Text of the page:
The news that the state will not set up its own health insurance exchange is good news for those who oppose the Affordable Care Act.
The Ohio Republican Party calls the move courageous. Maurice Thompson with the 1851 Center, a group that staunchly opposes the federal health-care plan, says this means his group won’t have to sue the state.
“We’re very happy with the administration’s decision not to enter a state- based exchange because we were either going to have to file a lawsuit against the state if it entered one or against the federal government if they didn’t.”
Ohio Constitution vs. federal program
Thompson says his group will now put its effort into fighting the federal government. Had Ohio set up an exchange, he says voters would have violated a state constitutional amendment that voters passed last year.
“It would be triggering the mechanism that imposes the employer mandate which is forbidden under the Ohio Constitution,” Thomspon says.
He maintains that counters the argument that the federal policy pre-empts state policy. “The state of Ohio cannot use state resources to violate the state Constitution under any circumstances and under federal law, that’s exactly what they would be doing if they attempted to enact the state based exchange.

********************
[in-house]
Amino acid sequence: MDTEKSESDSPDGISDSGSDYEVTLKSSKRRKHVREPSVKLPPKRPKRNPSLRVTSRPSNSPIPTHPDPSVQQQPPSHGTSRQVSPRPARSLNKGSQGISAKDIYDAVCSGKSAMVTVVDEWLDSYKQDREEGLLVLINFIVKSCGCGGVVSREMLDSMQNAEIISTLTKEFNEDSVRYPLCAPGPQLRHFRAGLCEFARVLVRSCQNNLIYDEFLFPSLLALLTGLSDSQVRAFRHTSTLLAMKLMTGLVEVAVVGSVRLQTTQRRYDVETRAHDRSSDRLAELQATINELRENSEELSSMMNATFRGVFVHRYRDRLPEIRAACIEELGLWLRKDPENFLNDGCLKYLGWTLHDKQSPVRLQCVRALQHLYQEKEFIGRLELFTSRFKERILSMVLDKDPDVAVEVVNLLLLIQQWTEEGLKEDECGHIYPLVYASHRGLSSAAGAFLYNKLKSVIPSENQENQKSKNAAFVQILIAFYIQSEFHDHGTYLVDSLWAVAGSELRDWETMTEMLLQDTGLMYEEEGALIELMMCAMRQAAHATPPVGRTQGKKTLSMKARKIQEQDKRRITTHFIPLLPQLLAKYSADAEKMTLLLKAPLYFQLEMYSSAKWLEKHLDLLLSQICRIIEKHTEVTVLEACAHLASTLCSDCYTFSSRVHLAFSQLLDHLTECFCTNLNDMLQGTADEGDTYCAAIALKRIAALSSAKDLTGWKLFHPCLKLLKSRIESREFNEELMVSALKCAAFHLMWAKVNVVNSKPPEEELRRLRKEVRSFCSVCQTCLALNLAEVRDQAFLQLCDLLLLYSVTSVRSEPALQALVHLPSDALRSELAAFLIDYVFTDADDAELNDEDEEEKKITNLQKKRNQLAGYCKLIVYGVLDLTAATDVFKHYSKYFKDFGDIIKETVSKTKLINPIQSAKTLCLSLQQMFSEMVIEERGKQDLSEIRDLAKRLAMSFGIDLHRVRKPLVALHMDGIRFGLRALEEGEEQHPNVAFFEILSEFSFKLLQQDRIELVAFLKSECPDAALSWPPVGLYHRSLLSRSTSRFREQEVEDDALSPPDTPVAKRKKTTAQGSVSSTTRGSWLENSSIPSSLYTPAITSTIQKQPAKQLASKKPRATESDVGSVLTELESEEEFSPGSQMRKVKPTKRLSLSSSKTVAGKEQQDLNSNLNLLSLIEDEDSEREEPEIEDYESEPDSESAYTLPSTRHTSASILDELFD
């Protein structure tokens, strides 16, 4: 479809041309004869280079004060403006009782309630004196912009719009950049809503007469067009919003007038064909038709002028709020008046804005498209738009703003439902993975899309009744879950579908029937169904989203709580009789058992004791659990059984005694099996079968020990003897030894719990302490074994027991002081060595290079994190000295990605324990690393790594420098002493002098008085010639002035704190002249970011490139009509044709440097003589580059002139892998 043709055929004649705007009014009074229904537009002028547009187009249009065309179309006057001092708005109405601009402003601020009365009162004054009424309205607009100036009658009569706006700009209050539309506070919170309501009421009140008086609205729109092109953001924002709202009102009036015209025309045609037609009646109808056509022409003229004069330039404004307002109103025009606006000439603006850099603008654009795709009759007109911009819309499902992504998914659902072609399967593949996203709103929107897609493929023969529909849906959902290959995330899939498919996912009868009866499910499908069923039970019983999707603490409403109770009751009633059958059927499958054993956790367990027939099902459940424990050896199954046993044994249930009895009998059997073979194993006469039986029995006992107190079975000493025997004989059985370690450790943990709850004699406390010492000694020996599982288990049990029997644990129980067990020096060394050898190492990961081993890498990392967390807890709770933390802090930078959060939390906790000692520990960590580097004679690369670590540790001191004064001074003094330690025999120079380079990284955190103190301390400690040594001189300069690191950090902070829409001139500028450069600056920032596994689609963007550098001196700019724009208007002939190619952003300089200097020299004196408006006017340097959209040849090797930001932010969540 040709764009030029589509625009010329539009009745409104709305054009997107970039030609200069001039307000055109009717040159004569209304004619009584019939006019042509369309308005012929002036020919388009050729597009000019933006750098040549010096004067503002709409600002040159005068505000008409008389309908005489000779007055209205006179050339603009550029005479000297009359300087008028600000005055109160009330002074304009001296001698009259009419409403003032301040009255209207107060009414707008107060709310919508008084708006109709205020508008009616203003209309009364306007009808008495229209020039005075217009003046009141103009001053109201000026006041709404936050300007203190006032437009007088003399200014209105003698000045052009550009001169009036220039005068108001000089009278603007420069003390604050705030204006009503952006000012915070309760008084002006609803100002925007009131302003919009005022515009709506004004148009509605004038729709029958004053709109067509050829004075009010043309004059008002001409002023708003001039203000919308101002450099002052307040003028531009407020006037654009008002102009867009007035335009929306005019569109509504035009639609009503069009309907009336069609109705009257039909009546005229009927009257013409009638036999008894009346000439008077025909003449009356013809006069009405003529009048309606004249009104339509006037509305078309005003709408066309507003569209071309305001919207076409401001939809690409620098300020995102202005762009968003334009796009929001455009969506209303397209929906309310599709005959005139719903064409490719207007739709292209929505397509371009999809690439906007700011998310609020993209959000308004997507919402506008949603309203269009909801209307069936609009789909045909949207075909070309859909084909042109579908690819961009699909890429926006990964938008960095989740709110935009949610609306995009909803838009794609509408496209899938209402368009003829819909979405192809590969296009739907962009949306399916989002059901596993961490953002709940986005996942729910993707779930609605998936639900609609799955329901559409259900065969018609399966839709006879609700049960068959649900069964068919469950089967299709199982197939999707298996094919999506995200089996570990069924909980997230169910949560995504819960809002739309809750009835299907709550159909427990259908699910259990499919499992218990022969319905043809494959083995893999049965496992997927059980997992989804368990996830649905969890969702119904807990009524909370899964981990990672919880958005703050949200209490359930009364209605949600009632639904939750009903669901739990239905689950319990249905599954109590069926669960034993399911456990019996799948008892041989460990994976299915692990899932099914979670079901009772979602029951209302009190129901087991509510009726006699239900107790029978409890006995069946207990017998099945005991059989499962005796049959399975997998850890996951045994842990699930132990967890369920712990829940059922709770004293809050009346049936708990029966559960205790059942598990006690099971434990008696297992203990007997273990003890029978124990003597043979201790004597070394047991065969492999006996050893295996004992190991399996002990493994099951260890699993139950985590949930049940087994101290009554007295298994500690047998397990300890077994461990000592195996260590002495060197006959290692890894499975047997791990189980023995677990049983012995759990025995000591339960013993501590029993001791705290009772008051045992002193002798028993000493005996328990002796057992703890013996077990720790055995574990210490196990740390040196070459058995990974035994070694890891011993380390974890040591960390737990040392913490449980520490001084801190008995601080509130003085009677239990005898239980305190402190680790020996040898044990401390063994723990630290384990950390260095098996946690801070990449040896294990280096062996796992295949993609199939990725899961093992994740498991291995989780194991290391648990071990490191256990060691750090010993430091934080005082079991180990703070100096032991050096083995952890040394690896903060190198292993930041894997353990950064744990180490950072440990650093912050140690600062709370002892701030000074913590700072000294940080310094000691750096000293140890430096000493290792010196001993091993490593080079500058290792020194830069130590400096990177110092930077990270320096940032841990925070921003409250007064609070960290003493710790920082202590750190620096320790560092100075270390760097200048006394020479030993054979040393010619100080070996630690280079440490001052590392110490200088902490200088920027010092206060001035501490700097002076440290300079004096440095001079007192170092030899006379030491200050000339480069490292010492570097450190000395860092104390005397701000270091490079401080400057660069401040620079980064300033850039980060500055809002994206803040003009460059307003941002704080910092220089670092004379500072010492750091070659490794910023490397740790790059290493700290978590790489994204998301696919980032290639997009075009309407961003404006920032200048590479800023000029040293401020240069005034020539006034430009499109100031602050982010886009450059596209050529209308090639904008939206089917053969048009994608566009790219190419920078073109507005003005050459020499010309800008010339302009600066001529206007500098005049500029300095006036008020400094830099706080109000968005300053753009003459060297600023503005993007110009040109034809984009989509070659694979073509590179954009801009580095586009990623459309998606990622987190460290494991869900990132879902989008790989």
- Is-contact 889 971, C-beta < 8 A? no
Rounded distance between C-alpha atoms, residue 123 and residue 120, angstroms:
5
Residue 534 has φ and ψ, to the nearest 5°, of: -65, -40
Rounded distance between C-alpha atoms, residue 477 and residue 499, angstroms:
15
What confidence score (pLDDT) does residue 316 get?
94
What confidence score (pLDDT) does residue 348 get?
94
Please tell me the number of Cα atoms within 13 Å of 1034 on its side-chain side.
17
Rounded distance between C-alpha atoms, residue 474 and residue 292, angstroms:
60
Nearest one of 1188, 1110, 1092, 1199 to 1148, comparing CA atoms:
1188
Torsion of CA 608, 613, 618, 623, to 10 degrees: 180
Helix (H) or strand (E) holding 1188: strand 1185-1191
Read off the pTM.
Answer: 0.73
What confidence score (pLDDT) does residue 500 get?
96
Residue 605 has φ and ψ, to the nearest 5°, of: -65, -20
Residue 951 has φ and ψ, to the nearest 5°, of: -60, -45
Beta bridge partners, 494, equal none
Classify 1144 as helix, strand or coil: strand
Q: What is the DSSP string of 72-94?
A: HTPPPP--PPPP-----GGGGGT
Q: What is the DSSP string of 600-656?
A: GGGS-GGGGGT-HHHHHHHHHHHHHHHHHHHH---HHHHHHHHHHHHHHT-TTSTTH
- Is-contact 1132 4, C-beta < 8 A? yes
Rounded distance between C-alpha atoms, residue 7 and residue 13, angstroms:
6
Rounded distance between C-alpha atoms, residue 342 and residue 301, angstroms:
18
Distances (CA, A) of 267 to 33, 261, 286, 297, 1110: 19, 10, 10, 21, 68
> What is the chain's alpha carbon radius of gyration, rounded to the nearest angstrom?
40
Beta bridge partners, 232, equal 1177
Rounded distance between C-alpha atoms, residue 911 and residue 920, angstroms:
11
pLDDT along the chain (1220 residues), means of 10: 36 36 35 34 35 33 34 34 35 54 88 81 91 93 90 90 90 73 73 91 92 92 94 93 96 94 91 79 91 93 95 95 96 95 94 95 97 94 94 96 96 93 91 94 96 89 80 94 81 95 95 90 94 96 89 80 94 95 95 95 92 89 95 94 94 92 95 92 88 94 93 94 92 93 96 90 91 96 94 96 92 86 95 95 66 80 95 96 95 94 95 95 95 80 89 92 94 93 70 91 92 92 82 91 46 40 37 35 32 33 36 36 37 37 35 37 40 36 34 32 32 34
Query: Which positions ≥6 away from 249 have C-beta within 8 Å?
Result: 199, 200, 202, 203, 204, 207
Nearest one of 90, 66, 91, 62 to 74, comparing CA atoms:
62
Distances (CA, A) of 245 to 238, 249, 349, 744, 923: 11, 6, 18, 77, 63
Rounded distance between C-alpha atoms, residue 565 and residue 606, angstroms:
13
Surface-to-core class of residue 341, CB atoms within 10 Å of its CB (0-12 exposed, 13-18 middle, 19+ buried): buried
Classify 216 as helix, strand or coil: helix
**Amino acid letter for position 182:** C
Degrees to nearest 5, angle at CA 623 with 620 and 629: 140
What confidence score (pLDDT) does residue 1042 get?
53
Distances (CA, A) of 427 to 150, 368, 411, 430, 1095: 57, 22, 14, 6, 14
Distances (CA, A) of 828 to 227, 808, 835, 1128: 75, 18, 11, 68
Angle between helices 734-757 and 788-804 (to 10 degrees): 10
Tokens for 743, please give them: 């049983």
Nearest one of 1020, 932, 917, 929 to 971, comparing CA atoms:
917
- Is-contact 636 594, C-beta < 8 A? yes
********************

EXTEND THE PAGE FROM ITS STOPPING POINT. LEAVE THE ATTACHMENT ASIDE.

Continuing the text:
Thompson says the state-based exchange would have hurt Ohio businesses.
“They would have triggered the employer mandate and taxes where an Ohio employer who doesn’t sufficiently insure his employees as defined by Obamacare would be subject to tax penalties up to $3,000 per employee. And that’s a tax on employing people and for Ohio, a state struggling with jobs, that’s just an impermissible burden on employment.”
There's still time
The group that’s been asking the state to set up its own exchange isn’t surprised by Kasich’s decision. Col Owens co-chairs Ohio Consumers for Health Coverage says this decision does not tie Ohio’s hands in the future.
“The state can move to a state exchange and quite frankly I think they will.
His co-chair, Cathy Levine, agrees. She actually thinks this might work out best for now.
“Given the lack of opportunity for consumer input at the state level and the administration’s resistance to the consumer protections, we are likely better off with a large federal role in Ohio’s exchange at this point.”
Levine says she thinks Ohio will come around on this issue.
“ There’s strong bipartisan support among stakeholders in Ohio for developing a state exchange with a public process. I think this is the beginning and not the end as the implementation date nears or even passes.”
Levin says she’s not sure how significant the differences between a state and federal exchanges would be for most consumers, though the state can make improvements tailored to Ohioans
She notes the Kasich administration has been using its buying power with Medicaid to require managed-care plans to provide better outcomes at a lower price. And she’d like to see that kind of market power used in the exchange on behalf of consumers.
Once lawmakers know what to expect in 2014, Levin says lawmakers will be more likely to set up their own exchange to give the state greater flexibility.